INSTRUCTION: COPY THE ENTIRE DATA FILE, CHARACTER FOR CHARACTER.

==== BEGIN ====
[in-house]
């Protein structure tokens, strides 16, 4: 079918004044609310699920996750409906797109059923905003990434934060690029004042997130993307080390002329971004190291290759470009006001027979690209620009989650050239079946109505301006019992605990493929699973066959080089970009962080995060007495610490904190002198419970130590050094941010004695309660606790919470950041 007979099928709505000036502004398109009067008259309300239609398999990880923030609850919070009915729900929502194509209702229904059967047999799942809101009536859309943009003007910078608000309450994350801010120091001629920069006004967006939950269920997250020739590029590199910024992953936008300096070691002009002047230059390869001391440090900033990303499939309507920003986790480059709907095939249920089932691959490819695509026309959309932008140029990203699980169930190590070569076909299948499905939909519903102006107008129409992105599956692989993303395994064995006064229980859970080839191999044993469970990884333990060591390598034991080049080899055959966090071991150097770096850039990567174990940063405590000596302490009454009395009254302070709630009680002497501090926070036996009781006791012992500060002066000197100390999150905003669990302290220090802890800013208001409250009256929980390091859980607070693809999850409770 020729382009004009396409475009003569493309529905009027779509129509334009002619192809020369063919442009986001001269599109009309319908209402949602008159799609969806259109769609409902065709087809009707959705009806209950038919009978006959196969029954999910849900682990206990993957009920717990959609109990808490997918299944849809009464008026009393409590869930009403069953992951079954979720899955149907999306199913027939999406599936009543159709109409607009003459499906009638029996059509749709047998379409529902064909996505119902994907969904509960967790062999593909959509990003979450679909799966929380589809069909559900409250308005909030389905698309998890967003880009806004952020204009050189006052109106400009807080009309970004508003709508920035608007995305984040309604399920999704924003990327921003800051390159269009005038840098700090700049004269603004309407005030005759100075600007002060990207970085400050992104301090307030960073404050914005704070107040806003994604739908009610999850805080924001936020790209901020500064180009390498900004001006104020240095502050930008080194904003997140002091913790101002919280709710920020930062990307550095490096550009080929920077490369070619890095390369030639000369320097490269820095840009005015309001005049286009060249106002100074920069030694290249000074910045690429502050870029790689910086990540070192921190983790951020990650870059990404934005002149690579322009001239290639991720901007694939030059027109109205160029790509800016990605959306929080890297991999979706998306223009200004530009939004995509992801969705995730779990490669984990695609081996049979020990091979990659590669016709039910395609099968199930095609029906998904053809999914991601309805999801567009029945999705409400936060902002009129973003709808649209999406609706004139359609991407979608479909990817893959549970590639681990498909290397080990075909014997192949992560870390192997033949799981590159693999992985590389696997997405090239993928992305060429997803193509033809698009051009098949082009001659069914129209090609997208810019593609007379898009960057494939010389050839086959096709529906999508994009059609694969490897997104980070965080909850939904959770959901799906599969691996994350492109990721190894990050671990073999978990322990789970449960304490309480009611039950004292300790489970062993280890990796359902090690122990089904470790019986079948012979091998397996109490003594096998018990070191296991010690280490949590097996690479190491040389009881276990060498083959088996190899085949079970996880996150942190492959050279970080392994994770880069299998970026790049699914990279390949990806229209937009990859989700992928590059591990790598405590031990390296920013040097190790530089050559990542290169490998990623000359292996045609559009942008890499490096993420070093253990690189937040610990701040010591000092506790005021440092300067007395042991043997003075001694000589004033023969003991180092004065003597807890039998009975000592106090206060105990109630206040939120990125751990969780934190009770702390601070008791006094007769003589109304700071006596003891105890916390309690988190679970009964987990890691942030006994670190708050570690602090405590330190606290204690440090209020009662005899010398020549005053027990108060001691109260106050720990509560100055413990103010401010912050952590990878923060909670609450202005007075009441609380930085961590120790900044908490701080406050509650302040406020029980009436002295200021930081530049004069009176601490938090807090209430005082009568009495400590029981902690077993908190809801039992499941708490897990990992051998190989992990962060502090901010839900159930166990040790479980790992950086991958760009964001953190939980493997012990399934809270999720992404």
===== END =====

[in-house]
């Protein structure tokens, strides 16, 4: 079918004044609310699920996750409906797109059923905003990434934060690029004042997130993307080390002329971004190291290759470009006001027979690209620009989650050239079946109505301006019992605990493929699973066959080089970009962080995060007495610490904190002198419970130590050094941010004695309660606790919470950041 007979099928709505000036502004398109009067008259309300239609398999990880923030609850919070009915729900929502194509209702229904059967047999799942809101009536859309943009003007910078608000309450994350801010120091001629920069006004967006939950269920997250020739590029590199910024992953936008300096070691002009002047230059390869001391440090900033990303499939309507920003986790480059709907095939249920089932691959490819695509026309959309932008140029990203699980169930190590070569076909299948499905939909519903102006107008129409992105599956692989993303395994064995006064229980859970080839191999044993469970990884333990060591390598034991080049080899055959966090071991150097770096850039990567174990940063405590000596302490009454009395009254302070709630009680002497501090926070036996009781006791012992500060002066000197100390999150905003669990302290220090802890800013208001409250009256929980390091859980607070693809999850409770 020729382009004009396409475009003569493309529905009027779509129509334009002619192809020369063919442009986001001269599109009309319908209402949602008159799609969806259109769609409902065709087809009707959705009806209950038919009978006959196969029954999910849900682990206990993957009920717990959609109990808490997918299944849809009464008026009393409590869930009403069953992951079954979720899955149907999306199913027939999406599936009543159709109409607009003459499906009638029996059509749709047998379409529902064909996505119902994907969904509960967790062999593909959509990003979450679909799966929380589809069909559900409250308005909030389905698309998890967003880009806004952020204009050189006052109106400009807080009309970004508003709508920035608007995305984040309604399920999704924003990327921003800051390159269009005038840098700090700049004269603004309407005030005759100075600007002060990207970085400050992104301090307030960073404050914005704070107040806003994604739908009610999850805080924001936020790209901020500064180009390498900004001006104020240095502050930008080194904003997140002091913790101002919280709710920020930062990307550095490096550009080929920077490369070619890095390369030639000369320097490269820095840009005015309001005049286009060249106002100074920069030694290249000074910045690429502050870029790689910086990540070192921190983790951020990650870059990404934005002149690579322009001239290639991720901007694939030059027109109205160029790509800016990605959306929080890297991999979706998306223009200004530009939004995509992801969705995730779990490669984990695609081996049979020990091979990659590669016709039910395609099968199930095609029906998904053809999914991601309805999801567009029945999705409400936060902002009129973003709808649209999406609706004139359609991407979608479909990817893959549970590639681990498909290397080990075909014997192949992560870390192997033949799981590159693999992985590389696997997405090239993928992305060429997803193509033809698009051009098949082009001659069914129209090609997208810019593609007379898009960057494939010389050839086959096709529906999508994009059609694969490897997104980070965080909850939904959770959901799906599969691996994350492109990721190894990050671990073999978990322990789970449960304490309480009611039950004292300790489970062993280890990796359902090690122990089904470790019986079948012979091998397996109490003594096998018990070191296991010690280490949590097996690479190491040389009881276990060498083959088996190899085949079970996880996150942190492959050279970080392994994770880069299998970026790049699914990279390949990806229209937009990859989700992928590059591990790598405590031990390296920013040097190790530089050559990542290169490998990623000359292996045609559009942008890499490096993420070093253990690189937040610990701040010591000092506790005021440092300067007395042991043997003075001694000589004033023969003991180092004065003597807890039998009975000592106090206060105990109630206040939120990125751990969780934190009770702390601070008791006094007769003589109304700071006596003891105890916390309690988190679970009964987990890691942030006994670190708050570690602090405590330190606290204690440090209020009662005899010398020549005053027990108060001691109260106050720990509560100055413990103010401010912050952590990878923060909670609450202005007075009441609380930085961590120790900044908490701080406050509650302040406020029980009436002295200021930081530049004069009176601490938090807090209430005082009568009495400590029981902690077993908190809801039992499941708490897990990992051998190989992990962060502090901010839900159930166990040790479980790992950086991958760009964001953190939980493997012990399934809270999720992404």